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From "Arnaud HERITIER" <aherit...@gmail.com>
Subject Re: Sane plugin testing
Date Thu, 07 Aug 2008 21:11:47 GMT
It's faster than before and it is good, but it is always longer than in
memory tests.
I used shitty for the grails plugin and it just work fine.
I'm interested t have groovy or another langage than bsh but it isn't
important.
Brett's wiki page sumarizes very fine what I would like to have for ITs : a
mix of all of them.

Arnaud

On Thu, Aug 7, 2008 at 11:01 PM, Olivier Lamy <olamy@apache.org> wrote:

> Hi,
> Some of this improvements are in the invoker-plugin ;-).
> You can configure it to run faster [1]. All plugins have been
> configured as it and IMHO it's very faster. (I have to admit I don't
> know shitty and don't fi it has a such feature).
>
> My question is : why do prefer shitty (the name ? :- ) .
> It's groovy vs bsh ?
> There is MINVOKER-7 which is here to support both languages. We could
> have both in our its.
>
> --
> Olivier
>
> [1]
> http://maven.apache.org/plugins/maven-invoker-plugin/examples/fast-use.html
>
> 2008/8/6 Brian E. Fox <brianf@reply.infinity.nu>:
> > I've used (and worked on) all the frameworks and also think SHITTY is
> > the closest. It needs a few improvements before it can be mainstream:
> > 1. It freaks out 2.1 because it circumnavigates the packaging and
> > installs the plugin that was packaged by the main lifecycle. The problem
> > is the data inside has a version that doesn't match what is expected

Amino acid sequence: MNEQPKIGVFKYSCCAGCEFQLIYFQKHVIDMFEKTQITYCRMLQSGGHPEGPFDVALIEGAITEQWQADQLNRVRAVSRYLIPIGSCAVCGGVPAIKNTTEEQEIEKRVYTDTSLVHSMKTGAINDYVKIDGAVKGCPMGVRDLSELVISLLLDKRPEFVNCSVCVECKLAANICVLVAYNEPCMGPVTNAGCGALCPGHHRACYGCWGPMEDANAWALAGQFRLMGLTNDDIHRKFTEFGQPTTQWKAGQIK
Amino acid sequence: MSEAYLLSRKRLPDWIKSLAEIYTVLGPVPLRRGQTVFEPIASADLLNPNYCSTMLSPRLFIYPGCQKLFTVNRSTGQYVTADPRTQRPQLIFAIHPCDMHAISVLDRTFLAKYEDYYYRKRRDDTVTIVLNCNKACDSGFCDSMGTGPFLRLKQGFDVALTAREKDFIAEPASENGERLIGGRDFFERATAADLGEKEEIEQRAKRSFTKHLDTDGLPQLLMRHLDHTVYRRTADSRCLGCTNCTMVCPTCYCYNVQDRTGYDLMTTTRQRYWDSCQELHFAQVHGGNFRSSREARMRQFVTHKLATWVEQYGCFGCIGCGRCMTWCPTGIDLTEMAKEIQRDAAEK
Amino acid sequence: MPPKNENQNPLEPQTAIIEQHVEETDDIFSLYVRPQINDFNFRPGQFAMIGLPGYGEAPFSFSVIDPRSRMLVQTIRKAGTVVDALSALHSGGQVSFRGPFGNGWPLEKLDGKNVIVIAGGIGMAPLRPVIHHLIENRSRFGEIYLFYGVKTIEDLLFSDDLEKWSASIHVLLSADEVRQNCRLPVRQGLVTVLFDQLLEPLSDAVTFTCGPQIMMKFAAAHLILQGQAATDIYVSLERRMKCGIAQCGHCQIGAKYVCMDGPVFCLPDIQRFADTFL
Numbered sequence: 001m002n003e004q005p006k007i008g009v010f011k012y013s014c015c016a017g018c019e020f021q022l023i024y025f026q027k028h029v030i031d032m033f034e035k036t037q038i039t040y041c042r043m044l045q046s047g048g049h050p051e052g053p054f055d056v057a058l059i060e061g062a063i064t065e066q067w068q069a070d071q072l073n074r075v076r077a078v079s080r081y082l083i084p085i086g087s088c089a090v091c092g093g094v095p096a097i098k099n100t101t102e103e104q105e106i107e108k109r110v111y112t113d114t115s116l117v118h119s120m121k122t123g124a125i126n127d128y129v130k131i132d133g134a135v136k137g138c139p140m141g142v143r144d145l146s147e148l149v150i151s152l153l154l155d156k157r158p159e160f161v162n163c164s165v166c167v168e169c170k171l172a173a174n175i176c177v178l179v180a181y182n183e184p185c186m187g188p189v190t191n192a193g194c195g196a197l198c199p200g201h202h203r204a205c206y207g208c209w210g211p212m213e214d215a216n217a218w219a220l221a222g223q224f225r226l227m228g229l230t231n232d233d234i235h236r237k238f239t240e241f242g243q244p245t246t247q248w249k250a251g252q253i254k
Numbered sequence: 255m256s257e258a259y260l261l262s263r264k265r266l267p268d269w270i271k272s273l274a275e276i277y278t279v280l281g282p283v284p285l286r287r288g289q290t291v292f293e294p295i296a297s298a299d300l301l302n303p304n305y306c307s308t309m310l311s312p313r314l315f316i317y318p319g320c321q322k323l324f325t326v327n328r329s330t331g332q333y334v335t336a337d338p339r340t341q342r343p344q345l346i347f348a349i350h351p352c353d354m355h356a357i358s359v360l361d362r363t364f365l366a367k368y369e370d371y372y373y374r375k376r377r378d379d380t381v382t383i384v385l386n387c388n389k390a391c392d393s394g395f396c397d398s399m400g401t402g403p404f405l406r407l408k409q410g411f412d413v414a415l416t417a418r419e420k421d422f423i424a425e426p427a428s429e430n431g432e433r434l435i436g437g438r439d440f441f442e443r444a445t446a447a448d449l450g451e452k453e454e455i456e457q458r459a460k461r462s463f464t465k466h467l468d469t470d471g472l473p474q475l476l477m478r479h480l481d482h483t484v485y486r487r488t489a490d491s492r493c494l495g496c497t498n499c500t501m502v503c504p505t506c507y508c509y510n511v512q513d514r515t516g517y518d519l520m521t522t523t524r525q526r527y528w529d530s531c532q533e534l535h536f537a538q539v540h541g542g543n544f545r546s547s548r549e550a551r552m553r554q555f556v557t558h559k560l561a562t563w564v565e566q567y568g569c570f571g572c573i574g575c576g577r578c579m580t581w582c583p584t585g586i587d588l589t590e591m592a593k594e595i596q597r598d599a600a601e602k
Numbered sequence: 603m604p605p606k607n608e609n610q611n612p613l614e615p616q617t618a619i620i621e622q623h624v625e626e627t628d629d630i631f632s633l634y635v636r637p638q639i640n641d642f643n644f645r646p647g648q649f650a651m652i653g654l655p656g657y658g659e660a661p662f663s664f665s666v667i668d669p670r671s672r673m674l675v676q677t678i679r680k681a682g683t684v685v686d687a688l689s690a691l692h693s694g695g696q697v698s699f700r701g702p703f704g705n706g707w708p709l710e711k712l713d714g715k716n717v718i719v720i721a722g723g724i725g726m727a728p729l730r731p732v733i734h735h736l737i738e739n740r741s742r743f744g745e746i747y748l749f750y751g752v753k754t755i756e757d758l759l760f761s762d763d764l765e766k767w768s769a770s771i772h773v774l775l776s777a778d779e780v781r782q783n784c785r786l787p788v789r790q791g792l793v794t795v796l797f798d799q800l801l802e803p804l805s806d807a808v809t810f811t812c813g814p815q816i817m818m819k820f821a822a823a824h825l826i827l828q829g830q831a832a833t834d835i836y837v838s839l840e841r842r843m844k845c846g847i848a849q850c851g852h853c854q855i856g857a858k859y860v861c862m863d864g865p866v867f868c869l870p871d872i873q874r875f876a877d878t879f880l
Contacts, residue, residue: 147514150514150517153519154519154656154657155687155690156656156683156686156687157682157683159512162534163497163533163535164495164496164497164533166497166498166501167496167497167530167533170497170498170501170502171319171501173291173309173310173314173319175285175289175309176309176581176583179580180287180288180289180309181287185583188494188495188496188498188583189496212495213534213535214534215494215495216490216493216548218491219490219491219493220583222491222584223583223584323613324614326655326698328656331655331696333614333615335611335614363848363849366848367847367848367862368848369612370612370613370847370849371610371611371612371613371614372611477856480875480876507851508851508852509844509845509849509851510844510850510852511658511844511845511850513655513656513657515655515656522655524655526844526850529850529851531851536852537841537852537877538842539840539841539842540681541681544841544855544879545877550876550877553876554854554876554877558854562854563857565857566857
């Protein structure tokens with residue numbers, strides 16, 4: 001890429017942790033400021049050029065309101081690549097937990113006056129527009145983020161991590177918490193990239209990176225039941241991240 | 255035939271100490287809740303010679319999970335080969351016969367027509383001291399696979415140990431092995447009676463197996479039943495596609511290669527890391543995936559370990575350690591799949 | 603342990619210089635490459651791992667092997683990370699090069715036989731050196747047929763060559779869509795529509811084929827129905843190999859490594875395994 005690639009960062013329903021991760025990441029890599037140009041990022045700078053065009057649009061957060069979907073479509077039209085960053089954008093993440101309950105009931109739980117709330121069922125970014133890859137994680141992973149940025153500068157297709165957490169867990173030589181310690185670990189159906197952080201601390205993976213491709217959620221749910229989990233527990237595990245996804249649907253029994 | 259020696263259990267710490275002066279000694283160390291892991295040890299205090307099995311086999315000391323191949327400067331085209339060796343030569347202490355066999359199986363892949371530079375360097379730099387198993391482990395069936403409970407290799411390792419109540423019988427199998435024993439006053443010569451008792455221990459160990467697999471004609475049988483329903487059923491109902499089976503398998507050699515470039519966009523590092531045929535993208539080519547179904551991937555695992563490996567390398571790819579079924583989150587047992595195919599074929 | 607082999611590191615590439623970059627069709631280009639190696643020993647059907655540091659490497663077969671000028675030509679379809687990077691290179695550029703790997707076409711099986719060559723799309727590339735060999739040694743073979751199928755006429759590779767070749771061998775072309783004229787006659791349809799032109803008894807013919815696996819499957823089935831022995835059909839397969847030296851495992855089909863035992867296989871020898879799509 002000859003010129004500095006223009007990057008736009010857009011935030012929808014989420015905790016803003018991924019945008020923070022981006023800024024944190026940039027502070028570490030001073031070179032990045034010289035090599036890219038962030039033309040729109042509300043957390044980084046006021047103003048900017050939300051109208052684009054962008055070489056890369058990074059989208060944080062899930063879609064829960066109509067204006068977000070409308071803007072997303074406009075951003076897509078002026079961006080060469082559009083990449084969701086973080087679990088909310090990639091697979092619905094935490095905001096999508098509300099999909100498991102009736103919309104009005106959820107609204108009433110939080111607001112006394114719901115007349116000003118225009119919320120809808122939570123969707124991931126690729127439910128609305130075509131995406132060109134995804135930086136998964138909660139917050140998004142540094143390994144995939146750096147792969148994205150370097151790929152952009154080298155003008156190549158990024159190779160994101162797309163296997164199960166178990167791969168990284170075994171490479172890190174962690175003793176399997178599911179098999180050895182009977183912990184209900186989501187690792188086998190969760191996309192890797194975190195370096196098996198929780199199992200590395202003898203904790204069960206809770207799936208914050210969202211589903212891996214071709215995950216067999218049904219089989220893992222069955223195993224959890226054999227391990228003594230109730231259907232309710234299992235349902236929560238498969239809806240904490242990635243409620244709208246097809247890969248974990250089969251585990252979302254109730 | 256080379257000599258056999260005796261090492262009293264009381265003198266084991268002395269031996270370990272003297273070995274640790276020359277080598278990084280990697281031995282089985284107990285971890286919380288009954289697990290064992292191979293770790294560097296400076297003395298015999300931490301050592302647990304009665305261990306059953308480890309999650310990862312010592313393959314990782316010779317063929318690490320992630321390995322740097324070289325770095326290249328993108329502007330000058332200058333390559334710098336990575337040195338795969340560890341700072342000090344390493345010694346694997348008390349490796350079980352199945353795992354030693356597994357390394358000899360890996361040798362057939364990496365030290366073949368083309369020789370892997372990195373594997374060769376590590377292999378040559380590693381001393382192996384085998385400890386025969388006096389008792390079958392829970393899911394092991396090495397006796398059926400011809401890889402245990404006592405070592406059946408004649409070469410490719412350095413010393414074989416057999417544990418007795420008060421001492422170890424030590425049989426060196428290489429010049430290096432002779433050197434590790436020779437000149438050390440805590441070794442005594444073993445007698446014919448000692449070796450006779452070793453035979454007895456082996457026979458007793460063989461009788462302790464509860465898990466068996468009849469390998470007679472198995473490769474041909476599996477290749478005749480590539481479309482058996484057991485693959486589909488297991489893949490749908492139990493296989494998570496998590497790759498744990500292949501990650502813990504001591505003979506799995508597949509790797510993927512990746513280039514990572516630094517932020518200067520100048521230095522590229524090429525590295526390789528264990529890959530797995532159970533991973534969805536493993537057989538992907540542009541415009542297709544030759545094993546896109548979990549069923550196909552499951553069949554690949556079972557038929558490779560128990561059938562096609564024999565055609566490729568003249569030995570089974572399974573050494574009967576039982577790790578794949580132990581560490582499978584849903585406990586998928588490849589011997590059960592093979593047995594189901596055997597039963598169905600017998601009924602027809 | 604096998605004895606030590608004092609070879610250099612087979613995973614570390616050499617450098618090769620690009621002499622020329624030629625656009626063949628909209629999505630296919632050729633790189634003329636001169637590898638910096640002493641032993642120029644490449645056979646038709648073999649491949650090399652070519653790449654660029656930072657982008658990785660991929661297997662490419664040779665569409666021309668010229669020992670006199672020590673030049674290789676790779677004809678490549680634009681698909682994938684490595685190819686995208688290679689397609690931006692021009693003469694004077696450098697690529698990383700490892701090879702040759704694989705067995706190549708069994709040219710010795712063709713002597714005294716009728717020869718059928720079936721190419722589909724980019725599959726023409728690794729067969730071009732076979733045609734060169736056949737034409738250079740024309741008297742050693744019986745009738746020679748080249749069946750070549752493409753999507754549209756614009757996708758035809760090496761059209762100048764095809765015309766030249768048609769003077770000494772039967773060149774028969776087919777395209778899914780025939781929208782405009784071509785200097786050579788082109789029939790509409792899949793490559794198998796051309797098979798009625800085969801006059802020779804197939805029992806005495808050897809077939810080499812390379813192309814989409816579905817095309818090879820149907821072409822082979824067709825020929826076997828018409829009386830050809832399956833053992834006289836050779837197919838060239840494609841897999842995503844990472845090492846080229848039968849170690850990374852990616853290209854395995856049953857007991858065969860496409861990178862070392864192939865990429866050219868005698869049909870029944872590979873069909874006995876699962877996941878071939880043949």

> > (MSHITTY-10)
> > 2. It needs local repo isolation (MSHITTY-12)
> > 3. It needs to copy the tests to target before running them, just to
> > avoid leaving turds in the source tree (MSHITTY-14)
> > 4. It needs a way to call back to java code in /test-classes/... I don't
> > want to be required to write everything in groovy...sure groovy might be
> > java but if I have some existing classes that do what I need, then I
> > want to use them directly. (I think this is already fixed but haven't
> > tried it)
> >
> >
> > -----Original Message-----
> > From: Jason van Zyl [mailto:jason@maven.org]
> > Sent: Wednesday, August 06, 2008 12:15 PM
> > To: Maven Developers List
> > Subject: Re: Sane plugin testing
> >
> > My pick for the tool is STY. I think Brian has used it, and Jason
> > Dillon definitely has his opinion.
> >
> > The unit testing is different and the plugin-testing-harness is for
> > unit testing and I'm not concerned about that in this context. If you
> > look at the way Jason Dillon tests his plugins I think it's the best
> > example of how to do it. It's got some groovy bits but that's fine
> > with me. If I was to pick something today to move forward with it
> > would be STY and I would rename that now :-)